Song of the Week: Black River Falls, by Cathal Coughlan

Song of the Week: Black River Falls, by Cathal Coughlan
Ready to quit Black River Falls

Ready to quit Black River Falls

I have made no secret of my favoritism towards Irish performer Cathal Coughlan.  In the 1990s, I bought multiple copies of his band Fatima Mansions’s landmark album Viva Dead Ponies and foisted it on anyone I thought worthy. I subscribed to The Hive newsletter so I could buy obsolete vinyl and have the earliest word on new releases and UK tours that I could never hope to witness. In the early aughts, the record label I co-founded was fortunate enough to be granted US distribution rights to his beautiful 3rd solo record, The Sky’s Awful Blue. I’ve always anxiously awaited new albums, especially now that output – as is natural in the self-funded age of non-commercial music – grows more and more infrequent.

And so it was with great surprise that I happened upon a bootleg recording from September of this year which features in large part many songs from Cathal’s recently-released 5th solo record, Rancho Tetrahedron. Somehow, I’ve managed to fall out of the loop.  I’m slightly ashamed but moreso excited to hear the latest from this eloquent bard of the underground.  What I hear on this boot, I like. Some of it very much. While I anxiously await the arrival of the actual record, I’m gonna jump back a few years and feature one of my top 50 greatest songs of all time.

Black River Falls is the title of CC’s second solo album, though in some ways it was his first proper solo release. The story (briefly summed up here) of the debut Grand Necropolitan and how it came about, created during some Mansions off-time, only to be withdrawn and deleted the second it broke even – as per a pointless stranglehold placed upon him by then-record-label Radioactive – is tragic and offensive to art.  But as art always tends to win in the end, it is my opinion that this very story informs the narrative arc of the title track.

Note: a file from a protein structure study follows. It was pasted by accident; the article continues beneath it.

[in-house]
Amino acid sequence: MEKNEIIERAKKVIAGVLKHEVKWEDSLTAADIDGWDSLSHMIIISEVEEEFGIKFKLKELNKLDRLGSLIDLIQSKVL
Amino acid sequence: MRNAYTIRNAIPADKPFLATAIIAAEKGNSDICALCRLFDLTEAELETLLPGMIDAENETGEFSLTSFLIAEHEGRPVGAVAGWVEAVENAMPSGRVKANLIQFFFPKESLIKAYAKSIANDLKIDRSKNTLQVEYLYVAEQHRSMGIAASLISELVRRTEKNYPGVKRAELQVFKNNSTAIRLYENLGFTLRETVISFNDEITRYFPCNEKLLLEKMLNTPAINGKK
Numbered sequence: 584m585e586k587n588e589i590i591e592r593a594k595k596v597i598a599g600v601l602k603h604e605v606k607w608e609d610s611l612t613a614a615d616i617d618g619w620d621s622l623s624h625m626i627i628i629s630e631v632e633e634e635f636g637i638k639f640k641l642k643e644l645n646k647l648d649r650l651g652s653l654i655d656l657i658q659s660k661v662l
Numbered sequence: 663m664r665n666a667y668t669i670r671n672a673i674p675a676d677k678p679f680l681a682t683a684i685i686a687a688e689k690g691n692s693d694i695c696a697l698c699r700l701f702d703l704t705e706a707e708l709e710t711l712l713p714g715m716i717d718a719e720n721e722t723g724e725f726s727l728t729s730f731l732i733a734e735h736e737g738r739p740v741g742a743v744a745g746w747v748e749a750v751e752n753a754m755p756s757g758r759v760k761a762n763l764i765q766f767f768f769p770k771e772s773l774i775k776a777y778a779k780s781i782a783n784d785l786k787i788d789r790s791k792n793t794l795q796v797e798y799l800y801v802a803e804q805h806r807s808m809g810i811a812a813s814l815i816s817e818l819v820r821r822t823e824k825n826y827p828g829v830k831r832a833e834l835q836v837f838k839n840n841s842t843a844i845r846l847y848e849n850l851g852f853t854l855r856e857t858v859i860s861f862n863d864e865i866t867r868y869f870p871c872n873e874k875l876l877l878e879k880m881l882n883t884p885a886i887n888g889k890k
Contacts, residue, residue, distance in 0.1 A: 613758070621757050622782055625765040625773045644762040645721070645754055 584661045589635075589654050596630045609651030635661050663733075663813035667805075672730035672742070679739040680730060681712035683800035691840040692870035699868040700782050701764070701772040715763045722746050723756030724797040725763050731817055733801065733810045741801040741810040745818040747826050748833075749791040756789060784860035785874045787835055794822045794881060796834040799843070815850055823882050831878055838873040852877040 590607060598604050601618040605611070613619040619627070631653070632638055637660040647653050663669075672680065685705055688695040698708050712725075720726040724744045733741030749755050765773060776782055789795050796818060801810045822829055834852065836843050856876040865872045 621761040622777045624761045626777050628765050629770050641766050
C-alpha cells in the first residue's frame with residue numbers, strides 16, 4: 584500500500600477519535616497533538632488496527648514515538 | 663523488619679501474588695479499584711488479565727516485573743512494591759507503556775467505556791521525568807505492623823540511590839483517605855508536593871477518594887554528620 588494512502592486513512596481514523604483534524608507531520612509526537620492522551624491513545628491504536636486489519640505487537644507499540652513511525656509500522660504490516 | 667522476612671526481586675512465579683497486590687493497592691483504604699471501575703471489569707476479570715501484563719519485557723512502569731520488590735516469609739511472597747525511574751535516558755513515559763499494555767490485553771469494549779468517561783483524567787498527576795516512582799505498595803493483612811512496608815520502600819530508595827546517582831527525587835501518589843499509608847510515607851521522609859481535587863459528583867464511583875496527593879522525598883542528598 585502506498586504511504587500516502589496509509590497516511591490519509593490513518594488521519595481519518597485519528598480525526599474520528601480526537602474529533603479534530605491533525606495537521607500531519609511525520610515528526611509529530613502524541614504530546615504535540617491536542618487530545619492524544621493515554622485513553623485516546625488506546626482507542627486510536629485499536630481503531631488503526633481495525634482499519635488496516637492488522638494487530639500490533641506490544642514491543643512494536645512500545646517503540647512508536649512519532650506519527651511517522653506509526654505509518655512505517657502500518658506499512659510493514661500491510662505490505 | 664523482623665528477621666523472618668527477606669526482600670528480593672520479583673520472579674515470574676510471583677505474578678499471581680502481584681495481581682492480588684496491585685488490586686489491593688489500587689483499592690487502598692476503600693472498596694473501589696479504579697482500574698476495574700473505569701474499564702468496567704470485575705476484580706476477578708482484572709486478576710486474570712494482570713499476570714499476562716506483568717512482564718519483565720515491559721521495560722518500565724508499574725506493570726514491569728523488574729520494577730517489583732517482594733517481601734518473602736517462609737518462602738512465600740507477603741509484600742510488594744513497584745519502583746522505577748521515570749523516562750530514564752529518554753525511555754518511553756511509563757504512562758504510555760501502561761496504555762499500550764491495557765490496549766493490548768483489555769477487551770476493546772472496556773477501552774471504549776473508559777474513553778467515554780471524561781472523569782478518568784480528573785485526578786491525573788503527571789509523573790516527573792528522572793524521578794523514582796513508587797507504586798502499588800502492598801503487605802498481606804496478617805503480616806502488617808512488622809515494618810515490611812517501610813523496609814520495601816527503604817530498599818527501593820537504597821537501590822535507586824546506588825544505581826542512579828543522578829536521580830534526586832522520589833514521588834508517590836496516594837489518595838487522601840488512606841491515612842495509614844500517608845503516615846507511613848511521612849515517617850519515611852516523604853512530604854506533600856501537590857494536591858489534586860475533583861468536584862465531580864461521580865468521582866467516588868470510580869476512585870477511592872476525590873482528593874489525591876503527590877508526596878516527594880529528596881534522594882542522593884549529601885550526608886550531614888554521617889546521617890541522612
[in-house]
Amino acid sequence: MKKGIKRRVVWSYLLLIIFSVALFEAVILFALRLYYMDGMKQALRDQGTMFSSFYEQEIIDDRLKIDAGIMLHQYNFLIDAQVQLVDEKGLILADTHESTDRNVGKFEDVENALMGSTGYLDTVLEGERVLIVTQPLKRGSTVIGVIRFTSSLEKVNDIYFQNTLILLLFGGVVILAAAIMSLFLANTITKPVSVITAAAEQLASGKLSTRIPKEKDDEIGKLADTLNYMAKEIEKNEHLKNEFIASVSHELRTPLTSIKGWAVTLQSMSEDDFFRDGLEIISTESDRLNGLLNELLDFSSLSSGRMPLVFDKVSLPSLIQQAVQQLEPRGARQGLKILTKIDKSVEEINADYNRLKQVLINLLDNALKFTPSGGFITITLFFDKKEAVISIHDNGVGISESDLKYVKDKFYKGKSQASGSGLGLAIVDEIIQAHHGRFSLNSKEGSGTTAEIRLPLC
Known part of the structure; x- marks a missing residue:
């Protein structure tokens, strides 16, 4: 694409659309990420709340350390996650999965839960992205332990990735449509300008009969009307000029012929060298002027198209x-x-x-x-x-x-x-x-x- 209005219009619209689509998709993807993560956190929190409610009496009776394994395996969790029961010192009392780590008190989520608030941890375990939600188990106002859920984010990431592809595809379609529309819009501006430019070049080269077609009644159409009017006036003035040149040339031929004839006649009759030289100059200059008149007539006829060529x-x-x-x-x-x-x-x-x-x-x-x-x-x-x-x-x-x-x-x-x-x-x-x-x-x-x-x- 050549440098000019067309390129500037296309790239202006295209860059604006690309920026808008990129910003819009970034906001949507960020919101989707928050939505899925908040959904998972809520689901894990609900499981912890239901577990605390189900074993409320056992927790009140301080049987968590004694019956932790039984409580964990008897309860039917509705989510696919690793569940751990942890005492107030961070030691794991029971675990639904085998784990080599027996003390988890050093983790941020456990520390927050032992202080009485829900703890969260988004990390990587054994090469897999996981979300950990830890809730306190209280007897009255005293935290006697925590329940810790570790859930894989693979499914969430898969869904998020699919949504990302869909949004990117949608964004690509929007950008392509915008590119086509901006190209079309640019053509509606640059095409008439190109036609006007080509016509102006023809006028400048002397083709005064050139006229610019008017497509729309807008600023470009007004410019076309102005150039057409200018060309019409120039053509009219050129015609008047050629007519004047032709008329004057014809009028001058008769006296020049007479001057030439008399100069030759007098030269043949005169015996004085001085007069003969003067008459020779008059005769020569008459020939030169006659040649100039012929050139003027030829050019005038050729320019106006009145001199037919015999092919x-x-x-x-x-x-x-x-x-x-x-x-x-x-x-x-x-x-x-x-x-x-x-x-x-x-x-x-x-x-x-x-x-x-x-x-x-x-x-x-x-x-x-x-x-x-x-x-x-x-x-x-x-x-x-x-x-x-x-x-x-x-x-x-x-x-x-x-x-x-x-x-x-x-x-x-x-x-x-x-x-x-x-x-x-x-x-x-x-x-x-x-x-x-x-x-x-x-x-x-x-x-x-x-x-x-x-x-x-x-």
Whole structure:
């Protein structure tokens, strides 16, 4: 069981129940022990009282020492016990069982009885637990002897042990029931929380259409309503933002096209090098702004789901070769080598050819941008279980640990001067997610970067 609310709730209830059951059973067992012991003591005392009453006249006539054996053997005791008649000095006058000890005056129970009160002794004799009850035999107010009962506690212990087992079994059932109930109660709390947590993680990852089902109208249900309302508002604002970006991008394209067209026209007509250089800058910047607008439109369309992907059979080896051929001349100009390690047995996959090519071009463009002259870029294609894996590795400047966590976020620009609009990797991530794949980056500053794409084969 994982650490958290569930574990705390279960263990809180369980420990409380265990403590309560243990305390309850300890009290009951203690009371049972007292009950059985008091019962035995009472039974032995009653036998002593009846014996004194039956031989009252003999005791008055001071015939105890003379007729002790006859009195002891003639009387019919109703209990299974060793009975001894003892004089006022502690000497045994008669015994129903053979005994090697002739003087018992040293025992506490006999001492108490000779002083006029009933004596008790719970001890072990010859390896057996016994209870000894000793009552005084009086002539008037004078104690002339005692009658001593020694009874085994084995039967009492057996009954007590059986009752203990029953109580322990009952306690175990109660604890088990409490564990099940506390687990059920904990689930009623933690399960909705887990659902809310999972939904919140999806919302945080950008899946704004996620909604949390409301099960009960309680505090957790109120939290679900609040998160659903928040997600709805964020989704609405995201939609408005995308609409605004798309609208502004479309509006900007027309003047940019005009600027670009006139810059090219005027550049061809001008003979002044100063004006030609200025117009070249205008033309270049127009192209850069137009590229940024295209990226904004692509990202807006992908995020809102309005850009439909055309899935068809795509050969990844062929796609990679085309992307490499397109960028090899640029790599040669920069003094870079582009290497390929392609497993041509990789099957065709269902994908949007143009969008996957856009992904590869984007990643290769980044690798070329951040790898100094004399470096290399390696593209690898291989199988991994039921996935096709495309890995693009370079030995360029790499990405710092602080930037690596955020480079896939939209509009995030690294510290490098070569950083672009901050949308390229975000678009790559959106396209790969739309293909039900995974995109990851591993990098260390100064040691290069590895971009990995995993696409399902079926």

I didn’t reach that conclusion until I had been through Black River Falls myself; on tour, as I expect Cathal was when he first encountered the place. I immediately felt that I understood the allegorical nature of the place. These great desolate areas where we stop to fuel up and attempt to find reasonable eats (no such an easy task if fast food and meat are not on your list of approved comestibles) serve as stark reminders of the lengths to which musicians go in order to bring the so-called message to the world.  When you’re building up a following in your home town or, I expect, in your fairly localized European country, the travel and the momentum are exciting.  Once you’re covering 5,000 miles in three weeks, despite the obvious highs and rewards, every small roadblock can feel like a kidney punch. Every threat of a flu foretells the end of the world. Every condescending call from management feels like a death sentence.

This stirring performance, from the aforementioned bootleg, perfectly conveys why I still retain my eager excitement about the doings of this man, who has been putting out records for over three decades now.  Check it out, study up on his back catalogue, and while it’s very much its own thing.  If you like it, you will love it. And that is the mark of true art.

Black River Falls (live, Sept 7, 2010). Live version removed. Buy the album version on iTunes.

Black